Big Rock Urban Brewery & Eatery
Join Room magazine, Canada’s oldest feminist literary journal, for the launch of our June 2017 issue, “Our Rubble, Our Loss.”
Carleigh Baker is a Cree-Métis / Icelandic writer who lives as a guest on the traditional, ancestral, unceded territories of the Musqueam, Squamish, and Tsleil-Waututh peoples. Her work has appeared in Best Canadian Essays and The Journey Prize Anthology. Her debut story collection, Bad Endings (Anvil, 2017) is now available.
Leslie Beckmann is a biologist working in B.C. and a Master’s student in Creative Writing at the University of British Columbia. She is an unabashed geek and considers her very best gig to be “mother to a teenaged daughter,” followed closely by “guardian of a Labradoodle named Darwin.”
Leanne Dunic is a multi-disciplinary artist and a writer of poetry, music, fiction, and creative non-fiction. Being of mixed race, much of her work possesses hybrid-identity themes. Leanne won the Alice Munro Short Story Prize in 2015 for her piece, “Without Her.” Her book of poetic-prose, To Love the Coming End, was released by various international publishers in 2017. Leanne is the singer/guitarist of the band The Deep Cove.
Zehra Naqvi is a Karachi-born writer, poet, and editor living on unceded Coast Salish lands (Vancouver). She is the winner of Room magazine’s 2016 Poetry Contest. Her work has appeared in Jaggery, Schema Magazine, The Talon, and is set to appear The New Quarterly. She is a graduate of the English Honours and Creative Writing program at UBC.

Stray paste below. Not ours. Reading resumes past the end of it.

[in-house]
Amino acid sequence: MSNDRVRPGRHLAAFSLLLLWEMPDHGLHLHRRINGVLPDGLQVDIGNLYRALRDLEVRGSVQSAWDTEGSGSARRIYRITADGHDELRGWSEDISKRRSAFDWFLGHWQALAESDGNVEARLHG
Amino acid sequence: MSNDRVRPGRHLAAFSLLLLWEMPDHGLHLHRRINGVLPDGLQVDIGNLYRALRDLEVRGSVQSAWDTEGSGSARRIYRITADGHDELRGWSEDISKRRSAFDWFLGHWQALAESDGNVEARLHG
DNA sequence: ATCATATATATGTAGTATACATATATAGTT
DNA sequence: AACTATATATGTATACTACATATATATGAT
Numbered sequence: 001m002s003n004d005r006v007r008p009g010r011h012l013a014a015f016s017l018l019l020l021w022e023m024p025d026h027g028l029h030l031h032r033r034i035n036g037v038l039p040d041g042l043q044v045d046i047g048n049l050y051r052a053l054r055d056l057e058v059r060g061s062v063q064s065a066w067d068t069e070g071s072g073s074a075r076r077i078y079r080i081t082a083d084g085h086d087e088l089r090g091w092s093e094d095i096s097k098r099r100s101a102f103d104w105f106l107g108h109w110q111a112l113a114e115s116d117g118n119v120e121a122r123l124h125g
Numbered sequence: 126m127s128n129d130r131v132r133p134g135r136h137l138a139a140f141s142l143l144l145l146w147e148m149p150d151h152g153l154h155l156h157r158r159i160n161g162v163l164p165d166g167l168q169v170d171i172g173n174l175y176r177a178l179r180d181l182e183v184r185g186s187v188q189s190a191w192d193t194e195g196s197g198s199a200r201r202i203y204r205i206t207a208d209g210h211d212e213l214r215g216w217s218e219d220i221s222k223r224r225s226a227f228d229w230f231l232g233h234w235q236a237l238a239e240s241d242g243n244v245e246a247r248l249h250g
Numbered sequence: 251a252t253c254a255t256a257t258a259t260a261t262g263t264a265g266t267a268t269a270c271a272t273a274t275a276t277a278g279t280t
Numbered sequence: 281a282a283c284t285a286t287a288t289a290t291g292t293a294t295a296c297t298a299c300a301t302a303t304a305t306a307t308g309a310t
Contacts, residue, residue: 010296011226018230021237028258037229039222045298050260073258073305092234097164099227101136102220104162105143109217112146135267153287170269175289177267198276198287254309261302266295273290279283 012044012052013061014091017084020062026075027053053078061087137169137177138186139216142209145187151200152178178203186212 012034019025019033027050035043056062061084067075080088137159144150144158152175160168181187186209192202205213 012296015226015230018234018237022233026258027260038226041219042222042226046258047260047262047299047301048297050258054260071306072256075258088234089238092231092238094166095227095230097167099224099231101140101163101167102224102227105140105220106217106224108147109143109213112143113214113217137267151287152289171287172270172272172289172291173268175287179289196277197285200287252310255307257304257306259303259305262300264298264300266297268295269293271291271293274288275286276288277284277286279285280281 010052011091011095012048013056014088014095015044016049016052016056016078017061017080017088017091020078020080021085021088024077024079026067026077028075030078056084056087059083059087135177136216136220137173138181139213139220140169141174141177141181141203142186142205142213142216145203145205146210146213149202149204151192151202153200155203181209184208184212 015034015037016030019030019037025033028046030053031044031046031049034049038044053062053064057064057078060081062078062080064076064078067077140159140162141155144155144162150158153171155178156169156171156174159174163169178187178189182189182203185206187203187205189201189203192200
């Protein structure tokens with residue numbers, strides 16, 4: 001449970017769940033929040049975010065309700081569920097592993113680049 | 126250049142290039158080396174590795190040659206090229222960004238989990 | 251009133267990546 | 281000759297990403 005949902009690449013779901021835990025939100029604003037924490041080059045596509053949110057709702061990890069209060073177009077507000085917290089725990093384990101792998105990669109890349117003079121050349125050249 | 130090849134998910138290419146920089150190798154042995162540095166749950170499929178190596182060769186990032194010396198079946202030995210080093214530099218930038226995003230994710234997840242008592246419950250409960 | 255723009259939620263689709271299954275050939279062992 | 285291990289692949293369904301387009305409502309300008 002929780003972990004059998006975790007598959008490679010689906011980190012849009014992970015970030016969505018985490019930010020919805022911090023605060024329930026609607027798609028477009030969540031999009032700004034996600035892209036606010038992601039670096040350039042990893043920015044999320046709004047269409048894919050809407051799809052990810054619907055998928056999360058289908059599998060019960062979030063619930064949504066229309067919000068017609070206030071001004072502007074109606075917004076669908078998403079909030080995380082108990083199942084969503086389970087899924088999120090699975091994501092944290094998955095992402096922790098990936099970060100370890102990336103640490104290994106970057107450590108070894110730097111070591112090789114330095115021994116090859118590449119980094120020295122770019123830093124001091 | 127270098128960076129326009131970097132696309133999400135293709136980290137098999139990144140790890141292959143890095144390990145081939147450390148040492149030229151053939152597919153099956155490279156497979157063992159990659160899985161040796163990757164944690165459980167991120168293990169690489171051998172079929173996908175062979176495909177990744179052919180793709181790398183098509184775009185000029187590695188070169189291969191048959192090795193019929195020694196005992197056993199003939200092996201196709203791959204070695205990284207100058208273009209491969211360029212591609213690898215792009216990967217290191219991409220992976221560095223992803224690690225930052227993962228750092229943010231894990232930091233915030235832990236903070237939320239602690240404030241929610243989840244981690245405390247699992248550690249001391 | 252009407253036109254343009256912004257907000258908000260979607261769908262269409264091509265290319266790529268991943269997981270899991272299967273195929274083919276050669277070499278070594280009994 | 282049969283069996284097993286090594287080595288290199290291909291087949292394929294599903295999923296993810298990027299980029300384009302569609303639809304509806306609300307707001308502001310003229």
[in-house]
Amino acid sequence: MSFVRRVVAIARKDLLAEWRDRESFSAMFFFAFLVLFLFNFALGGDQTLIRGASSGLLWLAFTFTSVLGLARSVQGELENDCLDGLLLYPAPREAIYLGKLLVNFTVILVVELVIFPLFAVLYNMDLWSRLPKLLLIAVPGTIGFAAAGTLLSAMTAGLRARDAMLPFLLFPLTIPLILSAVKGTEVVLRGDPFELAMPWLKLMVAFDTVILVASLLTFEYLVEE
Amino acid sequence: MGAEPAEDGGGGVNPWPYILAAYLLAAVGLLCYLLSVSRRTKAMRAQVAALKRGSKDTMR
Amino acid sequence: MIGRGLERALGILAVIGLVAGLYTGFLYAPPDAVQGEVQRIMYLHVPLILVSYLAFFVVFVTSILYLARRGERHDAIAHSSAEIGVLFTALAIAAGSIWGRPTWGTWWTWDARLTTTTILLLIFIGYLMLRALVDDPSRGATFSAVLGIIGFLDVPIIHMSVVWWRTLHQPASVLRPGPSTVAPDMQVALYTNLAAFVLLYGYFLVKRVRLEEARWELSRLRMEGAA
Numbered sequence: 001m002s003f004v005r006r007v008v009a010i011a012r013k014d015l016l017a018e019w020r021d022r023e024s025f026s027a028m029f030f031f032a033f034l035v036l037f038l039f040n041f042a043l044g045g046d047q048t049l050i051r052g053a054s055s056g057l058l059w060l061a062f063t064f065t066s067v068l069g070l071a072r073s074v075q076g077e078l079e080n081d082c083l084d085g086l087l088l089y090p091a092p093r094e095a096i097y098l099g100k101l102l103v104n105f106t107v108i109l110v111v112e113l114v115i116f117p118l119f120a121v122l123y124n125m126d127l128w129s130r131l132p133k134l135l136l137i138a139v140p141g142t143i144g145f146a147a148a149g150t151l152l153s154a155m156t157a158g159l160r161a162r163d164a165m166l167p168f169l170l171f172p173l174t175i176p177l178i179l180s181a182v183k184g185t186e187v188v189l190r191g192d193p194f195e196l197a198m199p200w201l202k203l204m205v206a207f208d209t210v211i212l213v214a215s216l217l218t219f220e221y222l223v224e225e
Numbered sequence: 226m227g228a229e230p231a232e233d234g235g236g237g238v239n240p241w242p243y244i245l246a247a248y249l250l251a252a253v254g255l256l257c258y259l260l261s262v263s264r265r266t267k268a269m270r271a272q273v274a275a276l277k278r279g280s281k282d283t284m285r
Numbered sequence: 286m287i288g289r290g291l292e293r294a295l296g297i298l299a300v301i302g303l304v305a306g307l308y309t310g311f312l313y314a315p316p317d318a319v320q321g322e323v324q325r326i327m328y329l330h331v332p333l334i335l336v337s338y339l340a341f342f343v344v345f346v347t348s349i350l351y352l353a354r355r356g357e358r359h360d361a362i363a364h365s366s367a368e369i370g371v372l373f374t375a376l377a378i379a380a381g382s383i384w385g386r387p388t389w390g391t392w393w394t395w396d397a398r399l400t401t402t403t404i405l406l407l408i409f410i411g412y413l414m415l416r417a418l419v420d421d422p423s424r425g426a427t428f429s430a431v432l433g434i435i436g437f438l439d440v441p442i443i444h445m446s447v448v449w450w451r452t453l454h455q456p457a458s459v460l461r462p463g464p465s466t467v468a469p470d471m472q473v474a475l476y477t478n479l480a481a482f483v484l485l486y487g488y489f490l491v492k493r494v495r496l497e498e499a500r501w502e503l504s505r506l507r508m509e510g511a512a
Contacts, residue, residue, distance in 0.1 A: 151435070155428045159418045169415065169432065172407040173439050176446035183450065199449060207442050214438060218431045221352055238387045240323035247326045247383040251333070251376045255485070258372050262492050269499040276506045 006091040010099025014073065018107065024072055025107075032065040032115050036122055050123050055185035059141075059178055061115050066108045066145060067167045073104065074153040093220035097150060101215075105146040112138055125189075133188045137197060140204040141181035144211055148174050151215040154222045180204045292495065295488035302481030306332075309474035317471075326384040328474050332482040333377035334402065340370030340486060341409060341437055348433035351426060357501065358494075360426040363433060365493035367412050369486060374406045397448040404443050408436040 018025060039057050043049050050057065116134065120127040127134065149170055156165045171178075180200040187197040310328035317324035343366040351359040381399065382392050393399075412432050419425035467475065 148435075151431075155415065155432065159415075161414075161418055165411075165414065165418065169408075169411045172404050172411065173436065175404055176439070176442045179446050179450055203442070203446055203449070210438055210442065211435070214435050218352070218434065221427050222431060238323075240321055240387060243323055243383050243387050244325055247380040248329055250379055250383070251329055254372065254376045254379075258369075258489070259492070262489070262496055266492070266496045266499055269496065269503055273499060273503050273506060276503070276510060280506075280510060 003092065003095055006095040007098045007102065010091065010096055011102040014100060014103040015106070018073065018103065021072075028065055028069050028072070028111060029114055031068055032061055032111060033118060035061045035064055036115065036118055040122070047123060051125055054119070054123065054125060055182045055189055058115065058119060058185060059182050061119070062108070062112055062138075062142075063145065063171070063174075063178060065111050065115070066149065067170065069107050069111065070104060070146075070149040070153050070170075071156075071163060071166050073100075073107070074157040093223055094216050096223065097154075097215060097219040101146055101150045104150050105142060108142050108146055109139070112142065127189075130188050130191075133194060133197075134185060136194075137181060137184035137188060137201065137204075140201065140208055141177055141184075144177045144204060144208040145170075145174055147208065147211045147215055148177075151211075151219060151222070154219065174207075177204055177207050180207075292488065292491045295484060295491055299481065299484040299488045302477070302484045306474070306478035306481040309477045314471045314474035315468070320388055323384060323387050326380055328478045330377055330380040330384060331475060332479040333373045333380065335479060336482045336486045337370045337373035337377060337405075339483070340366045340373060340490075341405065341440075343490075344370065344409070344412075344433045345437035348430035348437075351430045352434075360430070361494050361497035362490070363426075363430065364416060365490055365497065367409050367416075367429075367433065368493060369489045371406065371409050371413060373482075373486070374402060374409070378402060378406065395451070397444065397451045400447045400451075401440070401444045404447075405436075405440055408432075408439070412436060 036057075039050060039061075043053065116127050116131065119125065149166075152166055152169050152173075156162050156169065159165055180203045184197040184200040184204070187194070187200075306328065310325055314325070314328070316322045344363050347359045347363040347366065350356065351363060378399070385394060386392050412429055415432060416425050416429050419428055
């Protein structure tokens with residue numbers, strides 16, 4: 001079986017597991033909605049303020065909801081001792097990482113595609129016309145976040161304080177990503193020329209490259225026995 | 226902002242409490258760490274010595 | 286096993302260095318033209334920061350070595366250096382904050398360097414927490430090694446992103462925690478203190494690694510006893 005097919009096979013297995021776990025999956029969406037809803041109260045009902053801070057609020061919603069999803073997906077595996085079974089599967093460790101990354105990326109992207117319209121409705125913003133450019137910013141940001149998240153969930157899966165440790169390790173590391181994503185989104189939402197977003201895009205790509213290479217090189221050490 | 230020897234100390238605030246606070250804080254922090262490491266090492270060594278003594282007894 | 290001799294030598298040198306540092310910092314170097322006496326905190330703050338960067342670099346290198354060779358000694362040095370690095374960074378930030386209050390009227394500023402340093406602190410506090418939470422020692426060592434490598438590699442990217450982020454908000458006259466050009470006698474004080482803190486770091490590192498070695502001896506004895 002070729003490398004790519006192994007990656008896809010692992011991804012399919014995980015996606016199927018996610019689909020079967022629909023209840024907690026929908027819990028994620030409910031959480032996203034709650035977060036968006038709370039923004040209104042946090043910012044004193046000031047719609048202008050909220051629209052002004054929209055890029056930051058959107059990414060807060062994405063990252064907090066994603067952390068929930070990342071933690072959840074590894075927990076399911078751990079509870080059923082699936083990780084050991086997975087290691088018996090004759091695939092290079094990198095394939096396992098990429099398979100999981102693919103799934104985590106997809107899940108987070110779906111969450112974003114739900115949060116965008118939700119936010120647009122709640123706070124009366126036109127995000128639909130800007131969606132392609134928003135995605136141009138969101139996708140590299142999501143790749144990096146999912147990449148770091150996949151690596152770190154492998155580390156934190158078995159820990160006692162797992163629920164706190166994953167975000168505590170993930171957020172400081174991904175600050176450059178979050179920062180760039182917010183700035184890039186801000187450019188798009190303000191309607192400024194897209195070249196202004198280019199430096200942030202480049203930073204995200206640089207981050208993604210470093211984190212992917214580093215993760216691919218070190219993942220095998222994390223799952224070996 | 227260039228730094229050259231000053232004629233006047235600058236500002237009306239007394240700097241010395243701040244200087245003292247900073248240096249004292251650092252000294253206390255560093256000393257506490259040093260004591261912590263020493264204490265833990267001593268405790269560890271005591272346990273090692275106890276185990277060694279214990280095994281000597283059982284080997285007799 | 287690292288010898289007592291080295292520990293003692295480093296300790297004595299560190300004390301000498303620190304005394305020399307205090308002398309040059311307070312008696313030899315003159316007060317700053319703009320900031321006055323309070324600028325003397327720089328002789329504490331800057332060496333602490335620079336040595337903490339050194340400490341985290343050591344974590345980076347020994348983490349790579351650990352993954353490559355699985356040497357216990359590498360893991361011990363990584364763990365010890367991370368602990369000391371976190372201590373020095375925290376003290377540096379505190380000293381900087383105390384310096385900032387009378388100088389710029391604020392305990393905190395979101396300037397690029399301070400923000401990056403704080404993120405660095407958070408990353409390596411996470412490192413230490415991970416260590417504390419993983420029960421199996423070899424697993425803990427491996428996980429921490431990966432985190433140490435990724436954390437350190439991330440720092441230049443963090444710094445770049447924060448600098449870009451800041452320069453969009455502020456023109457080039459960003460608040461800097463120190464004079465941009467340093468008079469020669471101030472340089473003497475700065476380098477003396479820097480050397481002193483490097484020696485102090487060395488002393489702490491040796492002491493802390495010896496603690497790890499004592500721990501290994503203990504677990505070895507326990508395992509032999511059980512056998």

Mallory Tater is a writer from Ottawa. She won CV2’s 2016 Young Buck Poetry Prize. Her debut collection, This Will Be Good, is forthcoming with BookThug in 2018.
Erika Thorkelson was born on the Prairies, spent time in Ireland and Japan, and now lives in Vancouver, B.C. Her work has appeared in publications such as the Vancouver Sun, The New Quarterly, Hazlitt, and Ricepaper, and she is a host of The Storytelling Show on Vancouver Co-op Radio.
Hosted by Meghan Bell and Nav Nagra.
Entry by donation (no one turned away). Food and drink available for sale by the venue.
Big Rock Urban is wheelchair accessible, accessible by transit (short walk from the Olympic Village skytrain station), and there is free and paid parking around the venue. Minors welcome, but some content in the readings may be inappropriate for children.
This event takes place on the traditional, ancestral, unceded territories of the Musqueam, Squamish, and Tsleil-Waututh peoples.